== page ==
Monday, December 5, 2011

Weird Religions -- and Weird Assumptions

I appreciate Rabbi Boteach's treatment of the irrationality of core beliefs which defines human attachments to the metaphysical.

I do not share his materialistic optimism that "It is what a person does, rather than what he believes, that counts."

King Solomon commented on the power of one's core beliefs in defining a man:

"For as [a man] thinketh in his heart, so is he." 9Proverbs 23:7)

What a man believes will influence his judgment and affect his actions.

The weeping prophet Jeremiah was even more caustic:

"The heart is deceitful above all things, and desperately wicked: who can know it?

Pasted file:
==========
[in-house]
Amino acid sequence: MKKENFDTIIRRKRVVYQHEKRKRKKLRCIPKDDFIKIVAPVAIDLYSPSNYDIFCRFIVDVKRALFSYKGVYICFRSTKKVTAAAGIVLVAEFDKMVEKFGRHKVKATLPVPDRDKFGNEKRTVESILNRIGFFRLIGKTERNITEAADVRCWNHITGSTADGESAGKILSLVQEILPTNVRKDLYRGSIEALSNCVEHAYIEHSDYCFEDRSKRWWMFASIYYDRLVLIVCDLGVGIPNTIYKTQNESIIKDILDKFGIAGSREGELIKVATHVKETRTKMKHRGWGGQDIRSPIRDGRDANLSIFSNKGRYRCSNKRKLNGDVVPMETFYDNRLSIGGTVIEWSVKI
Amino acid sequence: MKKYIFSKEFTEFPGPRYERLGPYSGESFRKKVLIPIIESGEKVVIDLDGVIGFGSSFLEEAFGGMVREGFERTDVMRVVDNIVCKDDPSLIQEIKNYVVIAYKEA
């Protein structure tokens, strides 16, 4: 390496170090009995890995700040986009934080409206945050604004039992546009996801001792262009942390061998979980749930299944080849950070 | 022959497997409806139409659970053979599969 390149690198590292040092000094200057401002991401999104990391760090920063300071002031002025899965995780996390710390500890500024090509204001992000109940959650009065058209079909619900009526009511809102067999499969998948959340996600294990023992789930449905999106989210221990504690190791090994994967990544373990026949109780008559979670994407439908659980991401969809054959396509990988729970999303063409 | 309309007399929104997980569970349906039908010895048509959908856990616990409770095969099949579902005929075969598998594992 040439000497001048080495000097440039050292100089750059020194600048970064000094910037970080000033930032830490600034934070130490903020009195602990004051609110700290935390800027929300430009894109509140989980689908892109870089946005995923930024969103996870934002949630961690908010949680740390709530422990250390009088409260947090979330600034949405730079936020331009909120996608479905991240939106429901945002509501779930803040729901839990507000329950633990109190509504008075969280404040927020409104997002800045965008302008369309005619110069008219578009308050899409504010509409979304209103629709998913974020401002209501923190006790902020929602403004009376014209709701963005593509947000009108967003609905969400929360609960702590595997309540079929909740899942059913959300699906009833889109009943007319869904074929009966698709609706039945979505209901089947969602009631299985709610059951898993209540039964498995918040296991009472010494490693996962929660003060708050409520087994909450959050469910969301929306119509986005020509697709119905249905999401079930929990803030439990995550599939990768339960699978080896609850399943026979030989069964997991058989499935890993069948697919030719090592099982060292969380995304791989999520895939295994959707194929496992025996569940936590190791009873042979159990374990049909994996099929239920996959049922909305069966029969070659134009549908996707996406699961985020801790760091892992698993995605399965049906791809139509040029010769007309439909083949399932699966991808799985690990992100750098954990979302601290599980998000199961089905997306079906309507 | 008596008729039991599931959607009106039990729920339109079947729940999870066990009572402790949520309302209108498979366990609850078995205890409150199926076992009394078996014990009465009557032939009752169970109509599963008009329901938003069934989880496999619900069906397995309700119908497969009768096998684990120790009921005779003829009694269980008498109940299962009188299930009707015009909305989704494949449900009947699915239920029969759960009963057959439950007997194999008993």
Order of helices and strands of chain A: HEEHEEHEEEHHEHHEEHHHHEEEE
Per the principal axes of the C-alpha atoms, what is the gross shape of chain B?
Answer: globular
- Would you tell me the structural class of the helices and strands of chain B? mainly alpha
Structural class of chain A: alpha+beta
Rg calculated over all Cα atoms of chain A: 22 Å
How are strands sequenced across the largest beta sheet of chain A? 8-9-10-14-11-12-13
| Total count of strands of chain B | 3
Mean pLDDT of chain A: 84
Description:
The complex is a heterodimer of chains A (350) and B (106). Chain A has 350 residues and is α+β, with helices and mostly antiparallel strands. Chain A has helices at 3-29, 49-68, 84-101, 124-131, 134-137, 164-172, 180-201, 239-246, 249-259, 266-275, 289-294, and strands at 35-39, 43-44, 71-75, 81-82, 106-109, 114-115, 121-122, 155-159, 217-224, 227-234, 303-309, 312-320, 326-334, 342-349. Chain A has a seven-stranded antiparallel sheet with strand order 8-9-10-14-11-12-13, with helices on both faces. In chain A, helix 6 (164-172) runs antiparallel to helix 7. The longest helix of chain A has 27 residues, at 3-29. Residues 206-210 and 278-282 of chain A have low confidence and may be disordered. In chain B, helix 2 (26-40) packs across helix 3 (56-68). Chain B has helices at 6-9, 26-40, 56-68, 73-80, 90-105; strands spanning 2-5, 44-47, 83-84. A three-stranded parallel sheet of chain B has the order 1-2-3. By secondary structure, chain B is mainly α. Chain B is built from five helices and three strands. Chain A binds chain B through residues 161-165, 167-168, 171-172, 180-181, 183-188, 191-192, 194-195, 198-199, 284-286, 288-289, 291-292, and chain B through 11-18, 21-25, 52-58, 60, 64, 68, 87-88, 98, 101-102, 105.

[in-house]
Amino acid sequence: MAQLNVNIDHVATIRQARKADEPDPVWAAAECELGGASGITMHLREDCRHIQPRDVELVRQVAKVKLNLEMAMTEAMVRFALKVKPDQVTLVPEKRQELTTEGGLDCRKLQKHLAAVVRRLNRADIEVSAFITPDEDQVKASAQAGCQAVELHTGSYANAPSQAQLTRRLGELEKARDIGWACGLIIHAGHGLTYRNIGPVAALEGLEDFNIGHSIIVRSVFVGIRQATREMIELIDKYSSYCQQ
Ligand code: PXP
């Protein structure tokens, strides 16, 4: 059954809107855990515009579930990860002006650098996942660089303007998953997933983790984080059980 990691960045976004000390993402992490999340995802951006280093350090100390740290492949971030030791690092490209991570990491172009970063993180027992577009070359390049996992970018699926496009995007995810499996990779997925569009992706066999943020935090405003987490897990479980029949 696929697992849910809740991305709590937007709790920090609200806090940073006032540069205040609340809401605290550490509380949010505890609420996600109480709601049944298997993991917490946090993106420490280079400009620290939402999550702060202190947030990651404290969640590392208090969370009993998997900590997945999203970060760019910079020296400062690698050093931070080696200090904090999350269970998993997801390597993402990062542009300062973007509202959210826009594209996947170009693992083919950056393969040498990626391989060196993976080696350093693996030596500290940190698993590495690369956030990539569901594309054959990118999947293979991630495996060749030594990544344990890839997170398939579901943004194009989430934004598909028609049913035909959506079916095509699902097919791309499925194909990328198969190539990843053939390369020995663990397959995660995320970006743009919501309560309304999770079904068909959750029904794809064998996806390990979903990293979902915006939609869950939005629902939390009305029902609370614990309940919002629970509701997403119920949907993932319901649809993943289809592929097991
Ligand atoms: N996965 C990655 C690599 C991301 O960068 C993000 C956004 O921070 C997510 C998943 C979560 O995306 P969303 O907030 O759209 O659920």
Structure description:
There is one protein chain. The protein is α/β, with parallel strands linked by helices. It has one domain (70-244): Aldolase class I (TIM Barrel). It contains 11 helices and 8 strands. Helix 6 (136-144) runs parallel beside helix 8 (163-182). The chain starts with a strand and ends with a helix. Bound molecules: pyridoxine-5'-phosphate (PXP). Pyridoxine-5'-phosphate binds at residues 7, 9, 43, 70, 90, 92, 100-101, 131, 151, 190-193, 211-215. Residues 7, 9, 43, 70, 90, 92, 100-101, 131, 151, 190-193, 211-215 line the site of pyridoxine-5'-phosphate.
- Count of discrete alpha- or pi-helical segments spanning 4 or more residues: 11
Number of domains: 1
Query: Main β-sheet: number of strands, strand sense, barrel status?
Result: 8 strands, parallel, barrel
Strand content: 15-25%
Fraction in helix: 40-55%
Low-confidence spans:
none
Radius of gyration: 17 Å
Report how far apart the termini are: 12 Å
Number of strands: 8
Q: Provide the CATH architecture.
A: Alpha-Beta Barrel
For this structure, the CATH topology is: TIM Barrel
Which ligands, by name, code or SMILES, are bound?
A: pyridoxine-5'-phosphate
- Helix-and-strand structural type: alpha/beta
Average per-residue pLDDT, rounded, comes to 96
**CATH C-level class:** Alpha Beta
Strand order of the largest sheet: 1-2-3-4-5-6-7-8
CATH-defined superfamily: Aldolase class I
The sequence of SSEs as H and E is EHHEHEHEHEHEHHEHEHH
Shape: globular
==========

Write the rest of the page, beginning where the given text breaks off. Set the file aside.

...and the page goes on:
"I the LORD search the heart, I try the reins, even to give every man according to his ways, and according to the fruit of his doings." (Jeremiah 17: 9 - 10)

Most human beings, no matter what their professed beliefs, do not measure up to any respectable moral standard. Only the man who acknowledges his need for the Lord deserves any prominence in public life.

Of course, this is not to suggest that the President of the United States has the right to be Chief proselytizer of the American People. Religious liberty is a must in a free society, but voters should be free to evaluate the worth and doctrinal consistency of a man's religious talk along with its accord with a man's daily walk.

If we strive to be true to the tenets of the Torah, then we cannot dismiss the yetser hara that plagues mankind, which only the Lord has the power to divert and renew into holiness.

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